Androgen receptor (AR) plays a fundamental role in most aspects of adult prostate homeostasis, and anti-androgen therapy represents the cornerstone of prostate cancer treatment. However, early prostate organogenesis takes place during pre-pubertal stages when androgen levels are low, raising the possibility that AR function is more limited during prostate development. Here, we use inducible AR deletion and lineage tracing in genetically engineered mice to show that basal and luminal epithelial progenitors do not require cell-autonomous AR activity during prostate development. We also demonstrate the existence of a transient bipotent luminal progenitor that can generate luminal and basal progeny, yet is also independent of AR function. Furthermore, molecular analyses of AR-deleted luminal cells isolated from developing prostates indicate their similarity to wild-type cells. Our findings suggest that low androgen levels correlate with luminal plasticity in prostate development and may have implications for understanding how AR inhibition promotes lineage plasticity in prostate cancer.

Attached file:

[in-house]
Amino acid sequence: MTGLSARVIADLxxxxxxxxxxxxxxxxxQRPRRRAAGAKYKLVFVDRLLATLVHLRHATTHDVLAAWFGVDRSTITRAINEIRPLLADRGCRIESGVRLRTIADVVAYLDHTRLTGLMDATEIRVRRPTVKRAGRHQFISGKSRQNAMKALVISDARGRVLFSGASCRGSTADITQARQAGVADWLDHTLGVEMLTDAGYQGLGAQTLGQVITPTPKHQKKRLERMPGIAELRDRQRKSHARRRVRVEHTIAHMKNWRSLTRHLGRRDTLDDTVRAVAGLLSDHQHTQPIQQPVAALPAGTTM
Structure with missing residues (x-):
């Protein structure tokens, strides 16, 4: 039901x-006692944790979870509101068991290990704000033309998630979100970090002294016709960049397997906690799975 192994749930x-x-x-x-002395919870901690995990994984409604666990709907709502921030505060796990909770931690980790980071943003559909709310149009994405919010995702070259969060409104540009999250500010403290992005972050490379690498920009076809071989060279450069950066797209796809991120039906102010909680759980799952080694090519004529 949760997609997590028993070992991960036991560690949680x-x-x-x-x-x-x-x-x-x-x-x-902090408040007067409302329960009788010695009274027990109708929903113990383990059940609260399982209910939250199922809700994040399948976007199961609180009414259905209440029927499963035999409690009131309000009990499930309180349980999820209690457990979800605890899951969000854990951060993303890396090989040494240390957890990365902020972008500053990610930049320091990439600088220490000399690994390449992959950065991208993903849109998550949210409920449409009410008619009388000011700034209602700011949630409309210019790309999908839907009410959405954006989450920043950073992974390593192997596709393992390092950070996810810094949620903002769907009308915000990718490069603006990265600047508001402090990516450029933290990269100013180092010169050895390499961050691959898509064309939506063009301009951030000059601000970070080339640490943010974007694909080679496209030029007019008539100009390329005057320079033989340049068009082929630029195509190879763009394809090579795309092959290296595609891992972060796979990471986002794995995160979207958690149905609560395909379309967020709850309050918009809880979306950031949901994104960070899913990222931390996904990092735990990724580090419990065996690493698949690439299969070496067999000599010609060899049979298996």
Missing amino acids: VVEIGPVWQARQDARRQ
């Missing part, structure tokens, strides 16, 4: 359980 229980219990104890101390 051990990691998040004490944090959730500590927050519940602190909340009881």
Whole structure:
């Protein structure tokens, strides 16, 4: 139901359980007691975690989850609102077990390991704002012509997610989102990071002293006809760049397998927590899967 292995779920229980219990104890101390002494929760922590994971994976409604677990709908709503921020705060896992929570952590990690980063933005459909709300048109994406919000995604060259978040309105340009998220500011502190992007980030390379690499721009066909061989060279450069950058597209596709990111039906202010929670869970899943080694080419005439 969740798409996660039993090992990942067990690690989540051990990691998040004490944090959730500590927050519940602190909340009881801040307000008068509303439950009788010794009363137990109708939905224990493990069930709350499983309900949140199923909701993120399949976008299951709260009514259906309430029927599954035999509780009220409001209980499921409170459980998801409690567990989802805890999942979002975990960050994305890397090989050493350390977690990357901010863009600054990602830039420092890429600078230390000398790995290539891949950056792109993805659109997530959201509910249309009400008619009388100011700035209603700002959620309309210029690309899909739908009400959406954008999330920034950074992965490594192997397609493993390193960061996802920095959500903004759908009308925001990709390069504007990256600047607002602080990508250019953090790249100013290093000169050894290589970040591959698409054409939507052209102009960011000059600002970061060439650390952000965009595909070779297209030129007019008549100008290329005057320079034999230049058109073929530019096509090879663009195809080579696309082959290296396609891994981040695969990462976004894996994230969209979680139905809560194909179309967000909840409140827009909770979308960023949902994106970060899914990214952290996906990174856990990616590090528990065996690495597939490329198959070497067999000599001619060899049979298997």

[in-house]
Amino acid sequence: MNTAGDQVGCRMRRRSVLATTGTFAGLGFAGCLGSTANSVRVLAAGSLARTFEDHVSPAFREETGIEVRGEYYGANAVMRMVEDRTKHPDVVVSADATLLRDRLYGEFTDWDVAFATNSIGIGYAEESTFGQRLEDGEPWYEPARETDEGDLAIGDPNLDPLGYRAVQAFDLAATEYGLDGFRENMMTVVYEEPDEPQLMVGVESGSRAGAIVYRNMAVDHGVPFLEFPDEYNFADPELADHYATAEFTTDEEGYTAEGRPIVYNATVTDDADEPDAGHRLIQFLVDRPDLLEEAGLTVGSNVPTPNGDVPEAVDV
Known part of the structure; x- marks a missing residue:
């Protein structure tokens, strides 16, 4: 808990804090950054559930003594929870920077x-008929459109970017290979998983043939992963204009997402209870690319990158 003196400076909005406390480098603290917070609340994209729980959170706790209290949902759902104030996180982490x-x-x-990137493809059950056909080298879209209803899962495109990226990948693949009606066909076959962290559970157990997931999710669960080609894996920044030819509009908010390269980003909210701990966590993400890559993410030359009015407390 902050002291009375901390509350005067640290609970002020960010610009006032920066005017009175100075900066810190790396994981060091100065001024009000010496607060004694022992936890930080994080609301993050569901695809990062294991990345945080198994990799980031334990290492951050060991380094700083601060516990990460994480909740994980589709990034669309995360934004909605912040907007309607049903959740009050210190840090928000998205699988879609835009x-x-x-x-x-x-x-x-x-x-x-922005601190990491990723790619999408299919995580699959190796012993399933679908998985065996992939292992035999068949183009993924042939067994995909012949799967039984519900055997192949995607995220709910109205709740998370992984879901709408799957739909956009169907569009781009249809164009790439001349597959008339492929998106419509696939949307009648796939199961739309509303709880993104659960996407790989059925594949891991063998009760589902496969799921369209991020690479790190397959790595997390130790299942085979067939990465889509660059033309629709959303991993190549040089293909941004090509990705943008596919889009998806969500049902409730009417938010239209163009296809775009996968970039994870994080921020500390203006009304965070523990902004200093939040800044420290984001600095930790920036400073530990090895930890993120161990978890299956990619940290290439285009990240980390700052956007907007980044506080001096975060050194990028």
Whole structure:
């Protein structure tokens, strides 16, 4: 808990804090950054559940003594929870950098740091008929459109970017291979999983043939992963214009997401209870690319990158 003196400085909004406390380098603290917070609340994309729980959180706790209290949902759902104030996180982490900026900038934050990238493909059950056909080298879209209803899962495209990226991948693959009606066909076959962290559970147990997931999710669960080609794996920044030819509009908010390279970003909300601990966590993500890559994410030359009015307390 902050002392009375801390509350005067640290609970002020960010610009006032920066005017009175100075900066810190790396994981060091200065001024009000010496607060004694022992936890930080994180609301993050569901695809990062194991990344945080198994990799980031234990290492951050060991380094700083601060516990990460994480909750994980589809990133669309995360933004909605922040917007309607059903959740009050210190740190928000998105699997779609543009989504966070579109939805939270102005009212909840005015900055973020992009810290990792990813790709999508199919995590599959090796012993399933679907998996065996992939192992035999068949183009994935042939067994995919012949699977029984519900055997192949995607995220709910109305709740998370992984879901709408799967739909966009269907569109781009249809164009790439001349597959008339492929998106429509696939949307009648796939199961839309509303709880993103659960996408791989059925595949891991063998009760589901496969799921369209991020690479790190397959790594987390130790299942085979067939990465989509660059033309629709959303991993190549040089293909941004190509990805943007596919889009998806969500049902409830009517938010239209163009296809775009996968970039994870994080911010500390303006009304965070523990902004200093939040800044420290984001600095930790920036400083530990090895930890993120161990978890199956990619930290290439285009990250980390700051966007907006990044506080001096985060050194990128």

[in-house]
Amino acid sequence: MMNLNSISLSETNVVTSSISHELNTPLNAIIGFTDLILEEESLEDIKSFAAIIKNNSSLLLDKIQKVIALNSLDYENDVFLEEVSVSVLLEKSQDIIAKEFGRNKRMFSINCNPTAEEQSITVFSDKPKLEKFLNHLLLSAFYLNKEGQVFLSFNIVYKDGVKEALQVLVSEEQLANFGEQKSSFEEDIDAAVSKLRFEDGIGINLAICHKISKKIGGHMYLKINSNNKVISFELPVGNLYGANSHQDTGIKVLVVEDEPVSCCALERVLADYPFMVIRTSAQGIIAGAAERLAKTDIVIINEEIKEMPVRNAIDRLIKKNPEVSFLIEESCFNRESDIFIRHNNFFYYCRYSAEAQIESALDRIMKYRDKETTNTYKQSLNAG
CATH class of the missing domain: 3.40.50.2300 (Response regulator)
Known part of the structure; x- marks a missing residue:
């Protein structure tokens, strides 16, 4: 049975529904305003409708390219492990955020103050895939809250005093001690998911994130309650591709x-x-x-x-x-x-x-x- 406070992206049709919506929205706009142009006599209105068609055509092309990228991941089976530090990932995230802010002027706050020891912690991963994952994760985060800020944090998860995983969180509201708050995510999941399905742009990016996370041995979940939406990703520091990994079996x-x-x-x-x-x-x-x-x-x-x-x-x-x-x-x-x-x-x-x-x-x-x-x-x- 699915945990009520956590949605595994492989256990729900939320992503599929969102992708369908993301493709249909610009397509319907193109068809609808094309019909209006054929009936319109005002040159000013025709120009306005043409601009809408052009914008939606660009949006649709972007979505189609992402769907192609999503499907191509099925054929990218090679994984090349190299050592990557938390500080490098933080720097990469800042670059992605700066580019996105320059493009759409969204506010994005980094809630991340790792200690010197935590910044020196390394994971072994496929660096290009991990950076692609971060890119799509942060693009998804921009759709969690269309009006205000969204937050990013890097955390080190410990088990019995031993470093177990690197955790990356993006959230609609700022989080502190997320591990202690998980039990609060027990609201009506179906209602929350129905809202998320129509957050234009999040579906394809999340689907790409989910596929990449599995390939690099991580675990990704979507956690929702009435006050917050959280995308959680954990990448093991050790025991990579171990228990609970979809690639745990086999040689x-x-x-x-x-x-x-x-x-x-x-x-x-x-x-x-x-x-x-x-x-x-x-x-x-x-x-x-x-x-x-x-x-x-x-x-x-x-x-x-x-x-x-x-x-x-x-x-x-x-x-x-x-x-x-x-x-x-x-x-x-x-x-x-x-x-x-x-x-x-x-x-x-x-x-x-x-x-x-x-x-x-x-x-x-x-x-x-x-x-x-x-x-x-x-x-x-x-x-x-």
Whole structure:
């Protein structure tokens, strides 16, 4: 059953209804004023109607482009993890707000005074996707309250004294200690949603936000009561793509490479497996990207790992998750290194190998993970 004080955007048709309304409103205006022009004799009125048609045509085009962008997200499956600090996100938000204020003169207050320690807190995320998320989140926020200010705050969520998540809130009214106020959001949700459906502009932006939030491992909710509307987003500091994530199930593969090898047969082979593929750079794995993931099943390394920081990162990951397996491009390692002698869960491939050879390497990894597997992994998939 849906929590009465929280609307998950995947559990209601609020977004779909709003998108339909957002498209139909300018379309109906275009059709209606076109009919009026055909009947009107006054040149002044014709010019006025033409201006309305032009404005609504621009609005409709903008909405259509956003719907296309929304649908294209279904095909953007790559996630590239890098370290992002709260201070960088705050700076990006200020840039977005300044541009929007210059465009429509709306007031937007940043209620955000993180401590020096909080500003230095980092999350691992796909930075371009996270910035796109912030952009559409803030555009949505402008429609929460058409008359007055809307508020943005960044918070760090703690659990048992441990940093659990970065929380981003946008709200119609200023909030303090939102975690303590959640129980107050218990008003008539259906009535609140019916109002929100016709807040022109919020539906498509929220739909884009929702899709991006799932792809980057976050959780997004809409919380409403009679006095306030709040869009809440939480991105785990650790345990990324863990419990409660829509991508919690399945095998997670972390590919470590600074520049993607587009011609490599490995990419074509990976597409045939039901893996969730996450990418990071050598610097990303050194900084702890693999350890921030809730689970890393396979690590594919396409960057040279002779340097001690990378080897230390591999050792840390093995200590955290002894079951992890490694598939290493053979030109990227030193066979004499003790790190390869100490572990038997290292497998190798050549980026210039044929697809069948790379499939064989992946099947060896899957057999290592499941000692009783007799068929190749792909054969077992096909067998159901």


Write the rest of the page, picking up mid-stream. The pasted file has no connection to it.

Keywords: androgen receptor; lineage tracing; luminal progenitor; plasticity; prostate organogenesis.
Copyright © 2020 The Authors. Published by Elsevier Inc. All rights reserved.